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Periodical issue Periodical issue Leiden University catalogue Leiden University catalogue WorldCat catalogue WorldCat
Title:Creating the Kenya post-colony
Editor:Cheeseman, NicISNI
Periodical:Africa Today (ISSN 1527-1978)
Geographic term:Kenya
political systems
political elite
political opposition
conference papers (form)
External link:http://muse.jhu.edu/journals/africa_today/toc/at53.2.html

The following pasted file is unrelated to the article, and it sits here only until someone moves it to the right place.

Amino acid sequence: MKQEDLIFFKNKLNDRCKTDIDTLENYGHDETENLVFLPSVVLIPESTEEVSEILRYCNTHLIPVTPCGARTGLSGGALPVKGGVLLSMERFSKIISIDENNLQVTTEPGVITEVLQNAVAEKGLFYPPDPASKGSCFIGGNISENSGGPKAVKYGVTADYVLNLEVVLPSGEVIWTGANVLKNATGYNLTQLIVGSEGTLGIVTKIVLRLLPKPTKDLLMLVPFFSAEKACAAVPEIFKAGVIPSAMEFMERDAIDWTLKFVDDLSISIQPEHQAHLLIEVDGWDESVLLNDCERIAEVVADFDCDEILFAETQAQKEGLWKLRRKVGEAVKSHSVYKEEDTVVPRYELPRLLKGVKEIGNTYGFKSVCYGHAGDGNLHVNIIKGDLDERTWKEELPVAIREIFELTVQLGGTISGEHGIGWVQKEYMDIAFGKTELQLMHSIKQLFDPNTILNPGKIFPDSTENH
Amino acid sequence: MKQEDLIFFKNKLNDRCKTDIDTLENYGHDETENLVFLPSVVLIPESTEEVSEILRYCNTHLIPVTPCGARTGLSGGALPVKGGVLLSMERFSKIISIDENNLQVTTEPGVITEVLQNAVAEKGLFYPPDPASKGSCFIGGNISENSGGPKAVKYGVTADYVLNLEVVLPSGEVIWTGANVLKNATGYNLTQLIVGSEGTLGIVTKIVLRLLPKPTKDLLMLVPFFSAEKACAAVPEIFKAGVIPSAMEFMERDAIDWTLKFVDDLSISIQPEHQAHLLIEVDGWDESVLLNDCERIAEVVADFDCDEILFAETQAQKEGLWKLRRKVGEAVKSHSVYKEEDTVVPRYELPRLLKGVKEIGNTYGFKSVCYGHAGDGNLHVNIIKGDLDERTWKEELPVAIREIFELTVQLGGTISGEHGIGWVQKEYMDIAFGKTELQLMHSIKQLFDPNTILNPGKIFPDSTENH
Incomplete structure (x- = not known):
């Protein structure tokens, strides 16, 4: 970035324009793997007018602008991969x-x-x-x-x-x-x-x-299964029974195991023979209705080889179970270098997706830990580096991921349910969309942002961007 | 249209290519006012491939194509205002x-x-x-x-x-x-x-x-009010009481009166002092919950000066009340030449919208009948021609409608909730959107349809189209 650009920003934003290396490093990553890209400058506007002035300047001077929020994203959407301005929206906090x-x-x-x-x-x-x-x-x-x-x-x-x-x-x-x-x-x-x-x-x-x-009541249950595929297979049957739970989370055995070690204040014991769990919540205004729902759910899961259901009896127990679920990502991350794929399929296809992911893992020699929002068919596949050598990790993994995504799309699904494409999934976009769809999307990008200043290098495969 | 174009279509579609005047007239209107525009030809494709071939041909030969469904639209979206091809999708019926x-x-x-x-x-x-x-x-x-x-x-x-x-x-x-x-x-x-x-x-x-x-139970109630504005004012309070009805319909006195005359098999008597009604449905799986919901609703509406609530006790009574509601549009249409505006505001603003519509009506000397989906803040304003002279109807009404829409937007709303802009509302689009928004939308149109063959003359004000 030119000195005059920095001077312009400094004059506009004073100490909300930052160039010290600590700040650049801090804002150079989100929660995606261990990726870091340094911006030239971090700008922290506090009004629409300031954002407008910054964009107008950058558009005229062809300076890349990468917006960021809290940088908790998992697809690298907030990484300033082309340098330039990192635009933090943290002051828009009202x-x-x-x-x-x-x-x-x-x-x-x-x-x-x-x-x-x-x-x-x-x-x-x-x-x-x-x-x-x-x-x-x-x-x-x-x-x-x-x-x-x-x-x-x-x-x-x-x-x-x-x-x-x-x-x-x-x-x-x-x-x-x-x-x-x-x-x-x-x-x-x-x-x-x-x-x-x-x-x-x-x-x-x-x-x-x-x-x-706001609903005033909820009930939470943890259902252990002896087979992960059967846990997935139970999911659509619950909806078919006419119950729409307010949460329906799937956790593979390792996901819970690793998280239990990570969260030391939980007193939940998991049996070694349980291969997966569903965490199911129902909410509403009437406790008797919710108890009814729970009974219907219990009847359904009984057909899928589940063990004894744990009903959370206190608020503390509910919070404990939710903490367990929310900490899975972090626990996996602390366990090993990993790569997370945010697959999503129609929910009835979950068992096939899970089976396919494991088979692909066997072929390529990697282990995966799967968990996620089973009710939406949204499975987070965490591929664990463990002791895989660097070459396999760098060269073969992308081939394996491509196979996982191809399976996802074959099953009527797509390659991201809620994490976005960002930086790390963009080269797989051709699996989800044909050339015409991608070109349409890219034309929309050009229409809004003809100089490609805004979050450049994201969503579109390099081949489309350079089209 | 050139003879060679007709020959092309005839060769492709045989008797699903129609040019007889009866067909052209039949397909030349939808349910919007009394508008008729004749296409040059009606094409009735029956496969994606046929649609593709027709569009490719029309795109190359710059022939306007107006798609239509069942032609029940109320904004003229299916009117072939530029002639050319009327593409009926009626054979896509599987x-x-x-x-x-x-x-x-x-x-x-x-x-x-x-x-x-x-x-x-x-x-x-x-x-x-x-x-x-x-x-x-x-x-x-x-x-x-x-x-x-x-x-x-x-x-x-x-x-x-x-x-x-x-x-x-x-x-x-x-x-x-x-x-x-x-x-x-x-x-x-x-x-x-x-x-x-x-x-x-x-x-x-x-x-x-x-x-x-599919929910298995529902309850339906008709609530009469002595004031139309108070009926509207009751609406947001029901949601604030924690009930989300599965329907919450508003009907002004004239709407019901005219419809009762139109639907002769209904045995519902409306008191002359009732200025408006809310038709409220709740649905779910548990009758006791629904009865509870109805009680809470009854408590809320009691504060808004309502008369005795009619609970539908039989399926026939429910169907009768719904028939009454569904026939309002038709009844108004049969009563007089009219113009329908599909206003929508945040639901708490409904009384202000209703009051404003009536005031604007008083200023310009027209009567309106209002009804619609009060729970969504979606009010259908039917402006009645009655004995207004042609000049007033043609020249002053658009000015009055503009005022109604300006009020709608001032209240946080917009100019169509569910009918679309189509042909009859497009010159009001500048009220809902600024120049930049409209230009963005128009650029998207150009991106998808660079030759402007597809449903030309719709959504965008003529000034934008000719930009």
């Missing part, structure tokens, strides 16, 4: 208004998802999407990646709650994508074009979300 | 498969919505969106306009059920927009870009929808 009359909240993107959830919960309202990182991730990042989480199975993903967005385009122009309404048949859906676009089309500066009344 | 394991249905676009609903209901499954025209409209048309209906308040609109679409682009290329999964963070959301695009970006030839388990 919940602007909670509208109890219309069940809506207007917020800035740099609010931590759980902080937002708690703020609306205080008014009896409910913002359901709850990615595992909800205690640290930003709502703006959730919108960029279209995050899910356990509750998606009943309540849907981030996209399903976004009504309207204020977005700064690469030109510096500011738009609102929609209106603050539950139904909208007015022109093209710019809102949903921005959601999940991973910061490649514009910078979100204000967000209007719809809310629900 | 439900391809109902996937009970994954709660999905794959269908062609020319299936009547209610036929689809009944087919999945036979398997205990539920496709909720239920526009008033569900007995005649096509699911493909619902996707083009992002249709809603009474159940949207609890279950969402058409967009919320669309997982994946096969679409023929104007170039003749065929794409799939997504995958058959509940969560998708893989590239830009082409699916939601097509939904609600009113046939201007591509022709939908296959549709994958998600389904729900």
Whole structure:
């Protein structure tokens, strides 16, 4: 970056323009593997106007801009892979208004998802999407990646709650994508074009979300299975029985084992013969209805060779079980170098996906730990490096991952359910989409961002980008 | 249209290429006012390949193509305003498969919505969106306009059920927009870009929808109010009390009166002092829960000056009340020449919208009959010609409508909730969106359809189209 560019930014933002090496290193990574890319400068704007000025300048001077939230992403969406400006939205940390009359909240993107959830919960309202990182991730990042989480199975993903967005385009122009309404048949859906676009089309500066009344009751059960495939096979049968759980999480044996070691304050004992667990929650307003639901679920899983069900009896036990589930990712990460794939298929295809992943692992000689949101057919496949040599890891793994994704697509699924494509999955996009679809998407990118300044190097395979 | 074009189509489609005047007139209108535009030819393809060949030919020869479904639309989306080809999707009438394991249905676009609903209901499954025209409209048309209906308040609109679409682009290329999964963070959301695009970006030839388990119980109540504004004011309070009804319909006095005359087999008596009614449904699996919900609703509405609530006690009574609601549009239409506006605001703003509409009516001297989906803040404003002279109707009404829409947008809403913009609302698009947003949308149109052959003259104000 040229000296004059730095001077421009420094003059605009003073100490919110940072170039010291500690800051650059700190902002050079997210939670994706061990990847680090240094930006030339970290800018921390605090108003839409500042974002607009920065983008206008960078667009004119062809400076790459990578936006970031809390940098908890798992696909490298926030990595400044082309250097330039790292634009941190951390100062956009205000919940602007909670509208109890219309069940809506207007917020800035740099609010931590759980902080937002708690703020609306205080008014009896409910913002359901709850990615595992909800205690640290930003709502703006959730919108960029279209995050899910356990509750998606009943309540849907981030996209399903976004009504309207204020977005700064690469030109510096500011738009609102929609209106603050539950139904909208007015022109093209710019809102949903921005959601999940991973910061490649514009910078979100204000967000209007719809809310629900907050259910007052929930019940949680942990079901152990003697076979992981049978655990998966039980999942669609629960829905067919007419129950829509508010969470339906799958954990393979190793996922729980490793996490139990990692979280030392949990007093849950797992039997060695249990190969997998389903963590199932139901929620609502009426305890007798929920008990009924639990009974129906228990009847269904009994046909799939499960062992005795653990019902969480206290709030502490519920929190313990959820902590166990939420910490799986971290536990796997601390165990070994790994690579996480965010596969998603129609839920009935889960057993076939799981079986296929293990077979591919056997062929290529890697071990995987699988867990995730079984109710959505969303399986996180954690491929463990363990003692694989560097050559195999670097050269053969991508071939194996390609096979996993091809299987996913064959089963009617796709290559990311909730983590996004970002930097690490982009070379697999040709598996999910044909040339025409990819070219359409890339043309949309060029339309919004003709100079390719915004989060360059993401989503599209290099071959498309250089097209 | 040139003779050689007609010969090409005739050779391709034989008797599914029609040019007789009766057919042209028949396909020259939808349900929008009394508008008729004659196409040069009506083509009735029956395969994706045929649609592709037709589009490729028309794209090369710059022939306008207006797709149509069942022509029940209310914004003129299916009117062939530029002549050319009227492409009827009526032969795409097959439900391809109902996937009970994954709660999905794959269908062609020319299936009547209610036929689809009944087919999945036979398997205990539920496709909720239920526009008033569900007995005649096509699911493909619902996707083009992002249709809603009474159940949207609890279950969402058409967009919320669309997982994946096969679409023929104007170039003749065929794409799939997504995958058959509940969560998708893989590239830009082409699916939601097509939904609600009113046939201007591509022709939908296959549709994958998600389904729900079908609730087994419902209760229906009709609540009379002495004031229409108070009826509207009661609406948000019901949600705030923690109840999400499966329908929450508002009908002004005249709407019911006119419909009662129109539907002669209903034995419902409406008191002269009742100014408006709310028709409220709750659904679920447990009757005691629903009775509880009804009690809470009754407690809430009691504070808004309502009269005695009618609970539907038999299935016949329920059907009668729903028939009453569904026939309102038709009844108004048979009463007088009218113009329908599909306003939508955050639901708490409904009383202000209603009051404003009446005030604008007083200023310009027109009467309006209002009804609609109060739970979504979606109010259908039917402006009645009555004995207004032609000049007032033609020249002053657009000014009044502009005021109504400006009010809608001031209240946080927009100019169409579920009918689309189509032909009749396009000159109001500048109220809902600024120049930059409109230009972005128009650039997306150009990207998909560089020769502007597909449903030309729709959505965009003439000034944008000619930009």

Abstract:There is a need to reevaluate the political impact of decolonization in Kenya, and to do this from a perspective that recognizes the importance of formal political institutions. In seeking to do this, the papers in this special issue, first presented at a conference on creating the Kenya postcolony (Oxford, 18-19 April 2005), explore the relationship between government and opposition. They focus on the significance of institutions in shaping the options available to Kenyan political actors, and look at how different groups, explicitly political and otherwise, responded. Within the focus on postcolonial continuities, they adopt two main methodological approaches. The first seeks a balanced comparison of the colonial and postcolonial eras. Matthew Carotenuto compares the relationship between the Luo Union and the State in the two periods and demonstrates the continuing tension between the State and competing sources of power. The second approach seeks to demonstrate that many of the roots of postcolonial discourses and structures lie in the colonial period. Marie-Emmanuelle Pommerolle shows how contemporary human rights defenders appropriate and utilize Mau Mau imagery, revealing both the contested nature of memory and the ability of postcolonial actors to (re)imagine Kenya's past as a strategy for political mobilization. Daniel Branch argues that the colonial government effectively manipulated elections in Central Province in 1957 and 1958 to ensure the promotion of an African elite sympathetic to British interests. In addition to introducing the papers, Nic Cheeseman examines the factors that underpin the continued supremacy of the executive-administrative axis in the Kenya postcolony and develops the twin concepts of political linkage and political space to describe the political landscape of the colonial and postcolonial eras. In the conclusion Stephen Orvis argues that the reigning paradigm, neopatrimonialism, has tended to underestimate the importance of formal political institutions, limiting its ability to explain the relative stability and moderation of Kenya's authoritarian State. The case studies in the individual contributions indicate that the political space in Kenya is tied to the development of key, relatively strong political institutions shaped by both the late colonial experience and the political logic of the immediate postcolony. [ASC Leiden abstract]